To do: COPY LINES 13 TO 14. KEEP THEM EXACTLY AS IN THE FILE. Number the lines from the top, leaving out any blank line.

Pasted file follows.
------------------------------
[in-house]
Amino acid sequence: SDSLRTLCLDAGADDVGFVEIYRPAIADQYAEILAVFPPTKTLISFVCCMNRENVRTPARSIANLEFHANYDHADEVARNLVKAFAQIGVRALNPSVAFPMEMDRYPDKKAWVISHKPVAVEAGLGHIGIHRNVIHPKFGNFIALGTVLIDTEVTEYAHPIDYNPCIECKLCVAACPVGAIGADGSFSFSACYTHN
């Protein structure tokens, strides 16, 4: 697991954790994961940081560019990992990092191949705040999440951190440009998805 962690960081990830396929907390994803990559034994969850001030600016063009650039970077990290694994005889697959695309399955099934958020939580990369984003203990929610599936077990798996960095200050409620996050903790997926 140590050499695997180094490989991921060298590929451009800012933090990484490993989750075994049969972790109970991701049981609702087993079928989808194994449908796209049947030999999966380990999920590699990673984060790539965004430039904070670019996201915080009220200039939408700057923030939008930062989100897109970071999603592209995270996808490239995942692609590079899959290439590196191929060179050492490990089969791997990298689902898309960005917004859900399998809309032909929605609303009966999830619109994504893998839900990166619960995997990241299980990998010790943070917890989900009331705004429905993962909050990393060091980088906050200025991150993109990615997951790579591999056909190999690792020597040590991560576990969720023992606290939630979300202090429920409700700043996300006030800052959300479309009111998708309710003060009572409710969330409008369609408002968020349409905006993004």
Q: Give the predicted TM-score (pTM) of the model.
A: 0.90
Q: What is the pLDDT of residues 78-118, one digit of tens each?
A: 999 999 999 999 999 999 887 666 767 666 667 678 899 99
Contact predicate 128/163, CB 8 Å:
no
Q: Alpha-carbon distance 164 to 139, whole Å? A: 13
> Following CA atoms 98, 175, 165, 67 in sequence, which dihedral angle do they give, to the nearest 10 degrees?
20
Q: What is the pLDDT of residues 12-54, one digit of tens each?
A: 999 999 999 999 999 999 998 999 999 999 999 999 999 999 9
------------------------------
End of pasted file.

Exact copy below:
Q: What is the pLDDT of residues 12-54, one digit of tens each?
A: 999 999 999 999 999 999 998 999 999 999 999 999 999 999 9